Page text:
And now that healing has become a tour.

I guess you could call it that. I've been hesitant to quite figure out what it is, but yeah, I guess it is. We've been getting messengered by the fans all around the world, 'Please come, we need you.' So we're trying to sort it out.

This is different from the Big Band era - when the leader passed on, the band continued, name intact.

Yes, but in this case we have to be very respectful. Our Master is not at the front of that stage so we have to be very careful. We have no intention of replacing him. We don't even use his name in the advertisements. We are trying to be very mindful of what and who Prince is to us and to the fans. Like with a Benny Goodman Band, it said 'The Benny Goodman Band' but we aren't using 'Prince and the Revolution' for a lot of reasons, mainly because it's just not right to do.

But you are The Revolution. Five distinct characters, the most identifiable band from the Prince catalog.

That's right, everyone is singular - but we come together for the one unit. And you know what, kudos to Prince for putting us all together. He knew we could make this music work. Like Bobby Z always says, when I joined the band, it came full circle, it completed Prince's mission.

"Controversy" was literally your entrance music into the band. Tell us how that happened.

Lisa and I had been friends since we were small kids. I was on the road, visiting her in New York City during the Controversy album tour and I went to soundcheck. The guitarist at the time didn't show up to soundcheck. I believe there was some internal strife going on in the band at the time. But Prince was doing what he always did, in a stadium or theater, he'd walk around while the band is playing to hear what it sounded like in there. He came up to me and he said, 'Do you know Controversy?' I said, 'Uh, yes I do.' He said, 'Take my guitar,' which was the Hohner with the tiger print pickguard, and said, 'Count off Controversy with the band.'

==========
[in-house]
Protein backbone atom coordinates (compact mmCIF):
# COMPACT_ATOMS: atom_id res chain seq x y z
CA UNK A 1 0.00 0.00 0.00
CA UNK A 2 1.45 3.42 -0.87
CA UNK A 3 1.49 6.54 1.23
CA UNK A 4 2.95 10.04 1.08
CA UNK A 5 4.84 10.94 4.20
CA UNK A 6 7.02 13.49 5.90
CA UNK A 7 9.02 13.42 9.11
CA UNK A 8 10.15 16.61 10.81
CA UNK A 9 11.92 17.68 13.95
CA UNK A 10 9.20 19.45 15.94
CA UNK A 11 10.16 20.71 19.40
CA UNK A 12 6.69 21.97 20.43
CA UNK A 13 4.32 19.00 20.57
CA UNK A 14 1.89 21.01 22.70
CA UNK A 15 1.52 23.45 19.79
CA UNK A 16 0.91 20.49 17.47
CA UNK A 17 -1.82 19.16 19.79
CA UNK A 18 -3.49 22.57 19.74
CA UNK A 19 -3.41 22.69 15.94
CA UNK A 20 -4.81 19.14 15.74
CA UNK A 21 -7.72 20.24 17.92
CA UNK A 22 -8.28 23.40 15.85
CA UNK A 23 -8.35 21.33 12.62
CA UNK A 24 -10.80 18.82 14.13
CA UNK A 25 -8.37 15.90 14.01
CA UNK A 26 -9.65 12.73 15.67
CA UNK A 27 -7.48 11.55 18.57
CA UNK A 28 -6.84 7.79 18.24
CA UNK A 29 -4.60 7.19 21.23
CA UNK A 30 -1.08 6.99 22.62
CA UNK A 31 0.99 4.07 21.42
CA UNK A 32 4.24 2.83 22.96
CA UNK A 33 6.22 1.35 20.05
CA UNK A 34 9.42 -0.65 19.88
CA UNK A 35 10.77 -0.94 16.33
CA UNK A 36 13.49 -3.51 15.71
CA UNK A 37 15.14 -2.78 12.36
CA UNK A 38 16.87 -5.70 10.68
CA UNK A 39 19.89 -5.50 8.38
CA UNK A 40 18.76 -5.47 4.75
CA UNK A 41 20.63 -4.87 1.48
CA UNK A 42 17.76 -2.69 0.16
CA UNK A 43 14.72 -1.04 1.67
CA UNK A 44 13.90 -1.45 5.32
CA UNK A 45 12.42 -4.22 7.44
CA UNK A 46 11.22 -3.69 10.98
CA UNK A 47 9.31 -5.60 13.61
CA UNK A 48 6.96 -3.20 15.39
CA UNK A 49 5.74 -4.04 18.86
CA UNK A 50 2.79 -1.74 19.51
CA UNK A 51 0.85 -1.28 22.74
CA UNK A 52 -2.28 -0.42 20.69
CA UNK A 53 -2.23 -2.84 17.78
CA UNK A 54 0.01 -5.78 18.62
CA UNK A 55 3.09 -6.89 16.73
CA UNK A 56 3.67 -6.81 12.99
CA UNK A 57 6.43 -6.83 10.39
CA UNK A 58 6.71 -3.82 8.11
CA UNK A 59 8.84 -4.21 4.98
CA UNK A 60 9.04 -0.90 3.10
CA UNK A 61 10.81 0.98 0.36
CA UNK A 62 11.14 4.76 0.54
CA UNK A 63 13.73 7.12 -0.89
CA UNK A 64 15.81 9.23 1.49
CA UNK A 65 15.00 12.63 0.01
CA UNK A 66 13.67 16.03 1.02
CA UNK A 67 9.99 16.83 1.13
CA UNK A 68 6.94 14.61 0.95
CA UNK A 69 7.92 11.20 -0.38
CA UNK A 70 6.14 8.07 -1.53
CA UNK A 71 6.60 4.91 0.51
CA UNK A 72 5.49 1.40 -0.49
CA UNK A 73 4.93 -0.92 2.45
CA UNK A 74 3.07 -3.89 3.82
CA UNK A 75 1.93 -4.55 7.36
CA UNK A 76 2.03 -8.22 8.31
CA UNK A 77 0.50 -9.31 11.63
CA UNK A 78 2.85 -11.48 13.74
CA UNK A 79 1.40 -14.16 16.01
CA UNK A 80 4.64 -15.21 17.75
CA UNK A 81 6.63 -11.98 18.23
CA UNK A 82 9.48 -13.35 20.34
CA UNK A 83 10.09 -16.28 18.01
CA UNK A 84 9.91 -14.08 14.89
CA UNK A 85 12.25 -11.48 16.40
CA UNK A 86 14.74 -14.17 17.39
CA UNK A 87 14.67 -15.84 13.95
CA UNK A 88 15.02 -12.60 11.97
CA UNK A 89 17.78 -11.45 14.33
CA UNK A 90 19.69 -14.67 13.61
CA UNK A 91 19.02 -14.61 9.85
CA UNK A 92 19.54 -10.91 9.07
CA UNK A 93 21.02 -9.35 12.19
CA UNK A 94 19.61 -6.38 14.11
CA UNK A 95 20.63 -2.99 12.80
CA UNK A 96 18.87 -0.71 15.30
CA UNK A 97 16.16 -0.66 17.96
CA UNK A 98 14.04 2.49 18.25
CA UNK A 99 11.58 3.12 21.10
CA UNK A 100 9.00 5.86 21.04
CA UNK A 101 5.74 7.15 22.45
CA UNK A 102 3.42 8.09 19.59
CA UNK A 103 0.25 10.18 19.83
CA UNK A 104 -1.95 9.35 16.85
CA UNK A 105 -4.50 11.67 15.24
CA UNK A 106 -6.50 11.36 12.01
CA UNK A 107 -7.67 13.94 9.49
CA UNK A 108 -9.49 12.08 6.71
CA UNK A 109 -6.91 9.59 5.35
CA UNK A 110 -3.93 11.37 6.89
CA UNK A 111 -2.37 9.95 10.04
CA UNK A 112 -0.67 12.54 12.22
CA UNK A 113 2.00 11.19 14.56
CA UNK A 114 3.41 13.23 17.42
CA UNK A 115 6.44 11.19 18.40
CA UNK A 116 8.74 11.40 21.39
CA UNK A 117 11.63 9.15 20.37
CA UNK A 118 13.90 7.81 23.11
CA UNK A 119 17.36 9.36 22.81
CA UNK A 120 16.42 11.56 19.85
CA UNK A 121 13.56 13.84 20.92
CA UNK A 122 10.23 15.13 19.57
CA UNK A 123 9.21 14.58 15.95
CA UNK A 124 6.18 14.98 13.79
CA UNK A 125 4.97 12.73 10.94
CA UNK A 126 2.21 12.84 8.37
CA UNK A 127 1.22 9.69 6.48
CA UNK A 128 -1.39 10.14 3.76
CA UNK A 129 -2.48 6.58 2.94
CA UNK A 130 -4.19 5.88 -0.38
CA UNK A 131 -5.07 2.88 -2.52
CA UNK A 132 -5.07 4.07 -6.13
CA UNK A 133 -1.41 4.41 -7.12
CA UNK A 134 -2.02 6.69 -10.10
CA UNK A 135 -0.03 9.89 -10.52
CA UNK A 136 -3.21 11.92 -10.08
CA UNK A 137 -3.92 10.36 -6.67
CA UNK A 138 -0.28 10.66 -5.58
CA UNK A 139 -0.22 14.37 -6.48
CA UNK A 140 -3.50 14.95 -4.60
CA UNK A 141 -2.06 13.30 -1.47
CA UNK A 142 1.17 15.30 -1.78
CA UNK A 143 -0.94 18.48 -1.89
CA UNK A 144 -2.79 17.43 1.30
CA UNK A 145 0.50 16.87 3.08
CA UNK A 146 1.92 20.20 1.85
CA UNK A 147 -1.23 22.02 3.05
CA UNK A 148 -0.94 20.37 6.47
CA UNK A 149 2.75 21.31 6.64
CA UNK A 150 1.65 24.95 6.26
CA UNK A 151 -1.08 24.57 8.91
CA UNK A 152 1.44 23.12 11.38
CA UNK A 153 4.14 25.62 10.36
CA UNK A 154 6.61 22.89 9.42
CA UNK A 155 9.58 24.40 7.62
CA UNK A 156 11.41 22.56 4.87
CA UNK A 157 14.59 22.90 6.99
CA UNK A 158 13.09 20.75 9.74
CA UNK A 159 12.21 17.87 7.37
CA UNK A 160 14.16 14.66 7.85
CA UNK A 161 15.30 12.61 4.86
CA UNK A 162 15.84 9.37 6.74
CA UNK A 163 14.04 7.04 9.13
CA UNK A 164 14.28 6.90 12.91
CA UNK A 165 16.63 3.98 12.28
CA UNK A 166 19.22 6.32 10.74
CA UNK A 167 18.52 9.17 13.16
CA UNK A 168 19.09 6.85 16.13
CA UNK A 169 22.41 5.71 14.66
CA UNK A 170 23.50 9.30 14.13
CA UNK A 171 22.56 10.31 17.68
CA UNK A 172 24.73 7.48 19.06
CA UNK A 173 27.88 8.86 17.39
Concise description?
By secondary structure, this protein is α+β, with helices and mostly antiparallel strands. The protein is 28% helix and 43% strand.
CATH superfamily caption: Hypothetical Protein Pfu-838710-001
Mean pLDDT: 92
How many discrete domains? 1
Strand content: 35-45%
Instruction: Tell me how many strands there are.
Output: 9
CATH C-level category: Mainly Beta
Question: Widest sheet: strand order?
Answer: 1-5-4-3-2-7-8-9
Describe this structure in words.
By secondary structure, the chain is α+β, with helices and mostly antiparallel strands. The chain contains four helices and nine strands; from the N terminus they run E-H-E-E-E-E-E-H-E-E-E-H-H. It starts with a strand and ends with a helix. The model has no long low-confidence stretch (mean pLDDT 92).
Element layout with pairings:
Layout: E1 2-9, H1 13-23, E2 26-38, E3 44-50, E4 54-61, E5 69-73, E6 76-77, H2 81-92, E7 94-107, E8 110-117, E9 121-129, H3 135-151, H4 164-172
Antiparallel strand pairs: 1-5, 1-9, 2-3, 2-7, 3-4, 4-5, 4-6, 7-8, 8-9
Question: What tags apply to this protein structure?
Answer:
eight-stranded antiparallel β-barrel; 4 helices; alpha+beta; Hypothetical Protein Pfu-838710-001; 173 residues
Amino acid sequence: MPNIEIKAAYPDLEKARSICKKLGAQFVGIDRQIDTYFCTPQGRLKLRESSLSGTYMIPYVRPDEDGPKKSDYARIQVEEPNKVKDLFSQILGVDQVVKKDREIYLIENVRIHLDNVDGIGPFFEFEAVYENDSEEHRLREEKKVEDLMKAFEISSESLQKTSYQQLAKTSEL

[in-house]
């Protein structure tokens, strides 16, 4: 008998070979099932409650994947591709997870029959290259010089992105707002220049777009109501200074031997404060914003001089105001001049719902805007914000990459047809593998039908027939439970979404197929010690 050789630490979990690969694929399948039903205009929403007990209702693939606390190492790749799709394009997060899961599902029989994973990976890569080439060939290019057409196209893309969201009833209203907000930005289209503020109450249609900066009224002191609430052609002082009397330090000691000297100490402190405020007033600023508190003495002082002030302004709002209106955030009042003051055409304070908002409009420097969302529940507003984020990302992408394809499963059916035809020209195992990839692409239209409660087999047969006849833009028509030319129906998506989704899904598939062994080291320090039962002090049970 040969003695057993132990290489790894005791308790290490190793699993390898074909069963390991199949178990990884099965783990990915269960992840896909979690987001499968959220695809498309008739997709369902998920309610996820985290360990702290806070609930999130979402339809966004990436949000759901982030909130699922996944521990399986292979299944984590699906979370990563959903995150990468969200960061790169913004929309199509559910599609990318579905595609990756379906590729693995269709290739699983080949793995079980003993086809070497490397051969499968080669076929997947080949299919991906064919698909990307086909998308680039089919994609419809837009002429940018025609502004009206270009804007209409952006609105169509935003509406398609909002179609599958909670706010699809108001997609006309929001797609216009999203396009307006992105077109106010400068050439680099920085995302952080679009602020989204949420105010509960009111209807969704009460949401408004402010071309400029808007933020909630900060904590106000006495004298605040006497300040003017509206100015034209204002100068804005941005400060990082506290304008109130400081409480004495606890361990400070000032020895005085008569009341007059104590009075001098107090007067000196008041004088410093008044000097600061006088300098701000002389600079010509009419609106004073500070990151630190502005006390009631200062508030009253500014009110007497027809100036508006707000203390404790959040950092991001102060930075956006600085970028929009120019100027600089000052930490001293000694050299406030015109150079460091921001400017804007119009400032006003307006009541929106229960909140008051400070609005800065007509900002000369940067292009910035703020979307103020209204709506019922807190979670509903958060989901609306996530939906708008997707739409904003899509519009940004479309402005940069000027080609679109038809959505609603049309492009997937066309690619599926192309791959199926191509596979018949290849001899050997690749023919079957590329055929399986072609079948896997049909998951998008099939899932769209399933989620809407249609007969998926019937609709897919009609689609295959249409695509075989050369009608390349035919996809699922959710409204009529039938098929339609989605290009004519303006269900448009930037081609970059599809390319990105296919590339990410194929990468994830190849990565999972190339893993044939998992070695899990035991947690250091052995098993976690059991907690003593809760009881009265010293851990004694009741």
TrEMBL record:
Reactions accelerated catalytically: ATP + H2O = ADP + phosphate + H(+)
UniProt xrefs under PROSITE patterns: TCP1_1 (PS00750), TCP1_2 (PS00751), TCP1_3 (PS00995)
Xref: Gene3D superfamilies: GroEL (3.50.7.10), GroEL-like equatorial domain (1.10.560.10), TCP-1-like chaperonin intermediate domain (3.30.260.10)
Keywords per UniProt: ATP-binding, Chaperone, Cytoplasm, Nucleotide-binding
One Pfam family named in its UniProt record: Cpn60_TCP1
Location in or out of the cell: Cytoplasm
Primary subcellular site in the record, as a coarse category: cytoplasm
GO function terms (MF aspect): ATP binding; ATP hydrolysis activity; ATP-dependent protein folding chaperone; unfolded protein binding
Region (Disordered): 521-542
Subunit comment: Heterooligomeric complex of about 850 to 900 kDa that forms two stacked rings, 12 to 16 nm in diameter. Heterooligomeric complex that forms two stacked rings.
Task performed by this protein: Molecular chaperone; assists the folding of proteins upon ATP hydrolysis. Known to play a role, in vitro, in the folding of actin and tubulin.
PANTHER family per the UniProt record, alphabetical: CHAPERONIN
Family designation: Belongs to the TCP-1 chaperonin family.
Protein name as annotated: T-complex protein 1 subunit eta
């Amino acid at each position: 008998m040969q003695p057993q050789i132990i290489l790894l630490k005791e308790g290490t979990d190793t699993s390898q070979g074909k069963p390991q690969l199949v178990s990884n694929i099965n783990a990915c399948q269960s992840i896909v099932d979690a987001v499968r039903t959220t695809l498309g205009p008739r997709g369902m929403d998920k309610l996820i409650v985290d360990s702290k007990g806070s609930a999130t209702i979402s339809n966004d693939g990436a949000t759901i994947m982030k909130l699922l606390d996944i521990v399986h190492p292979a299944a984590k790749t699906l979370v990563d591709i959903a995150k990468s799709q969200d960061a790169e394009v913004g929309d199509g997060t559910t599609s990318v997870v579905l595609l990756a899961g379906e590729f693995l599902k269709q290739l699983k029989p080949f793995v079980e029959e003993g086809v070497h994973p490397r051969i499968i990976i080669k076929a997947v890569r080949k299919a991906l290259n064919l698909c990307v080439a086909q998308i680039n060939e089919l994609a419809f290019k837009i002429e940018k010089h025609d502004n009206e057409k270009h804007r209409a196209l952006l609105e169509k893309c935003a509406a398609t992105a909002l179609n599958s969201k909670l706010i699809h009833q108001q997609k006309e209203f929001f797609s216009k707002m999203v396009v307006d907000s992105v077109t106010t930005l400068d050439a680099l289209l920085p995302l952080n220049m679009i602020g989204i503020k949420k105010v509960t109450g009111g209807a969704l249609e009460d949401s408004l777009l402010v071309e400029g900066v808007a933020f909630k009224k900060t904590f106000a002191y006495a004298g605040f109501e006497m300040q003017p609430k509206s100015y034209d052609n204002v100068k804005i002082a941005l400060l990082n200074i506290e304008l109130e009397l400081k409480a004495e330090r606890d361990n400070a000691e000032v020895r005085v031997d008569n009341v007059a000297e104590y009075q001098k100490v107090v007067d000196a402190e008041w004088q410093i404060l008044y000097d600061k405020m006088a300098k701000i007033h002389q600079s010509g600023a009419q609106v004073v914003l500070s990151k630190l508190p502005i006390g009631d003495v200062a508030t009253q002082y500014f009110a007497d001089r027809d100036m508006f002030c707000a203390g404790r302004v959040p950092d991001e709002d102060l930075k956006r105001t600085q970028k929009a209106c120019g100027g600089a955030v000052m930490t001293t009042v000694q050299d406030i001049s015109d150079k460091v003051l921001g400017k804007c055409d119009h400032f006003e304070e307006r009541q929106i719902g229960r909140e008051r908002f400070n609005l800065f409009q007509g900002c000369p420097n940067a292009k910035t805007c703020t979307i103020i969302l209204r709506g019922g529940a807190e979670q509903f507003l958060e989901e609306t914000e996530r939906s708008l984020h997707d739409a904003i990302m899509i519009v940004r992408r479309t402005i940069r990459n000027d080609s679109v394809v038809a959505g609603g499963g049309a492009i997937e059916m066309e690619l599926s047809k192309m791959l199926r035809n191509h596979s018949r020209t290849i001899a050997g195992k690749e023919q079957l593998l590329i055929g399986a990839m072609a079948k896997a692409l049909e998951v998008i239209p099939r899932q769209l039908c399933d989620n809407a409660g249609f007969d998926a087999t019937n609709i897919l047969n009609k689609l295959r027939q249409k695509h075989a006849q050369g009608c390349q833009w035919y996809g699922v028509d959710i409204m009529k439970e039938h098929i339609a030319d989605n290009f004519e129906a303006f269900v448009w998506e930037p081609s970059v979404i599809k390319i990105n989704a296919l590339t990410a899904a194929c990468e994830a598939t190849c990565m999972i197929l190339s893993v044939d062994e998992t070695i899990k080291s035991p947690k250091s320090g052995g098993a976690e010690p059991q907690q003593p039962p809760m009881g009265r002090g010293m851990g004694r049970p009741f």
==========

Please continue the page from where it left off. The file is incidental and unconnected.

What a moment for anyone, but you were in the spotlight for sure.

He jumped off the stage and started walking through the auditorium. I looked at Bobby and Matt and Mark and Lisa and went, '2, 3, 4.' We started playing. Bobby says he looked over at Lisa and went, 'I know where this is going!' Then I got a phone call, literally two days later. He had apparently had asked Lisa, 'How do you feel about having Wendy the band?' She said, 'Oh my God, it sounds like heaven to me.' That's when he called me and said, 'Would you like to join my band?' I said, 'Without a doubt.' I called my boss at the time and I said, 'I quit, I'm joining Prince's band.'

Not many people can say that! Now, everybody is older and wiser. How has the band dynamic changed at this point?

Everyone is the same and everyone is completely different too. It's hard to explain. Lisa and I haven't stopped playing together. Mark and Bobby didn't have the same trajectory; they did a whole bunch of other things and we all kind of lost touch for a while. But when we all started playing, it was like, 'Oh yeah, of course, it's exactly right.' It's just that feeling. We were The Revolution for a reason. When we play there's the reason. There's something that comes out of us that makes one tone. It's like a harmonic convergence. It just works.

The beauty of The Revolution is that it was for a finite time. You didn't overstay your welcome, it was just a short burst of creativity.

That's right, it was five years in total. A bazillion albums and five tours. I liken it to my post-graduate work. It's like playing with Prince is being at Harvard and then I went on to Columbia to do my post-graduate work. It was fucking intense! It's amazing it has had this impact and we can still talk about it 35 years later. That short amount of time had an amazing amount of power on all of us. You can still feel the ripples from it.

The Revolution plays February 24 at the Tabernacle. For more information, please visit